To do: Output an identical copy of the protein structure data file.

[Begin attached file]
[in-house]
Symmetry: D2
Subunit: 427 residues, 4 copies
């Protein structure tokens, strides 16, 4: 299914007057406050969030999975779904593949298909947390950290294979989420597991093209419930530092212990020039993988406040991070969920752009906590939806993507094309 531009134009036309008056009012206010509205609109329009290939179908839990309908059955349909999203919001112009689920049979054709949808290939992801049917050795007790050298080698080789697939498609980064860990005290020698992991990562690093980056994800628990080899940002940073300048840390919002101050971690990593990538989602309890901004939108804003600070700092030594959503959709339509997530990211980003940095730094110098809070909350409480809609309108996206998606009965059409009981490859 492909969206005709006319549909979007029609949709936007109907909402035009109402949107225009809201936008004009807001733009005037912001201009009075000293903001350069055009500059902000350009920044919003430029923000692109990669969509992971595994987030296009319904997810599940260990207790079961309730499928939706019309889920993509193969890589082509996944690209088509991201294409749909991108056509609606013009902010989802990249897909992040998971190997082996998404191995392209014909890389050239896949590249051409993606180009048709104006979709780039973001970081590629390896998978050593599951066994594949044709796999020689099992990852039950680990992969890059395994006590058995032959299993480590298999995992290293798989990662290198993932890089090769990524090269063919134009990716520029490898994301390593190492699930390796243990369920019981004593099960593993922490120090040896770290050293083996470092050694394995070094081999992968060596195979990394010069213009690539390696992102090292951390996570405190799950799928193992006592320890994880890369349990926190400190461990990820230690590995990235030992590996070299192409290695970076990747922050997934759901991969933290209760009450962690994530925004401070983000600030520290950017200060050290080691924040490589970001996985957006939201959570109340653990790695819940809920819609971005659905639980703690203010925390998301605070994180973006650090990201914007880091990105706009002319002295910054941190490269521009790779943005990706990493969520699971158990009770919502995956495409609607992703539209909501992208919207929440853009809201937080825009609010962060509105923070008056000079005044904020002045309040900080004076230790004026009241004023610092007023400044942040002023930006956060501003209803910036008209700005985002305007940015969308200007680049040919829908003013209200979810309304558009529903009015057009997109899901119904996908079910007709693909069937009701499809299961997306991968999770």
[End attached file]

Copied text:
[in-house]
Symmetry: D2
Subunit: 427 residues, 4 copies
């Protein structure tokens, strides 16, 4: 299914007057406050969030999975779904593949298909947390950290294979989420597991093209419930530092212990020039993988406040991070969920752009906590939806993507094309 531009134009036309008056009012206010509205609109329009290939179908839990309908059955349909999203919001112009689920049979054709949808290939992801049917050795007790050298080698080789697939498609980064860990005290020698992991990562690093980056994800628990080899940002940073300048840390919002101050971690990593990538989602309890901004939108804003600070700092030594959503959709339509997530990211980003940095730094110098809070909350409480809609309108996206998606009965059409009981490859 492909969206005709006319549909979007029609949709936007109907909402035009109402949107225009809201936008004009807001733009005037912001201009009075000293903001350069055009500059902000350009920044919003430029923000692109990669969509992971595994987030296009319904997810599940260990207790079961309730499928939706019309889920993509193969890589082509996944690209088509991201294409749909991108056509609606013009902010989802990249897909992040998971190997082996998404191995392209014909890389050239896949590249051409993606180009048709104006979709780039973001970081590629390896998978050593599951066994594949044709796999020689099992990852039950680990992969890059395994006590058995032959299993480590298999995992290293798989990662290198993932890089090769990524090269063919134009990716520029490898994301390593190492699930390796243990369920019981004593099960593993922490120090040896770290050293083996470092050694394995070094081999992968060596195979990394010069213009690539390696992102090292951390996570405190799950799928193992006592320890994880890369349990926190400190461990990820230690590995990235030992590996070299192409290695970076990747922050997934759901991969933290209760009450962690994530925004401070983000600030520290950017200060050290080691924040490589970001996985957006939201959570109340653990790695819940809920819609971005659905639980703690203010925390998301605070994180973006650090990201914007880091990105706009002319002295910054941190490269521009790779943005990706990493969520699971158990009770919502995956495409609607992703539209909501992208919207929440853009809201937080825009609010962060509105923070008056000079005044904020002045309040900080004076230790004026009241004023610092007023400044942040002023930006956060501003209803910036008209700005985002305007940015969308200007680049040919829908003013209200979810309304558009529903009015057009997109899901119904996908079910007709693909069937009701499809299961997306991968999770």